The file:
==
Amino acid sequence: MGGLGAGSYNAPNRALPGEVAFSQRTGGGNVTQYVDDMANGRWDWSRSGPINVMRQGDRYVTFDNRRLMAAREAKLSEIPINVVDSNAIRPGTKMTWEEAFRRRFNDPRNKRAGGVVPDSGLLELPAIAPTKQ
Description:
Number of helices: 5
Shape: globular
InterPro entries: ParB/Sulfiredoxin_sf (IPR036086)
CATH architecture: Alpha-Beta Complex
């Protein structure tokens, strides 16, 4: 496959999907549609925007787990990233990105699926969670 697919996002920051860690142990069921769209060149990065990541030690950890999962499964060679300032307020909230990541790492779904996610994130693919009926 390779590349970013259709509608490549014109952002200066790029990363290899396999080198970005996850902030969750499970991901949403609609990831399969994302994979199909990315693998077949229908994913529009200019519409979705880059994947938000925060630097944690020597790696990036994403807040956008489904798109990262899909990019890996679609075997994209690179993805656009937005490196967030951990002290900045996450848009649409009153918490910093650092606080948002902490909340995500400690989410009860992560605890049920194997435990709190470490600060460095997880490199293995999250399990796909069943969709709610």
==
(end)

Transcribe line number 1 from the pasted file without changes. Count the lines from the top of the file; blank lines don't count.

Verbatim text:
Amino acid sequence: MGGLGAGSYNAPNRALPGEVAFSQRTGGGNVTQYVDDMANGRWDWSRSGPINVMRQGDRYVTFDNRRLMAAREAKLSEIPINVVDSNAIRPGTKMTWEEAFRRRFNDPRNKRAGGVVPDSGLLELPAIAPTKQ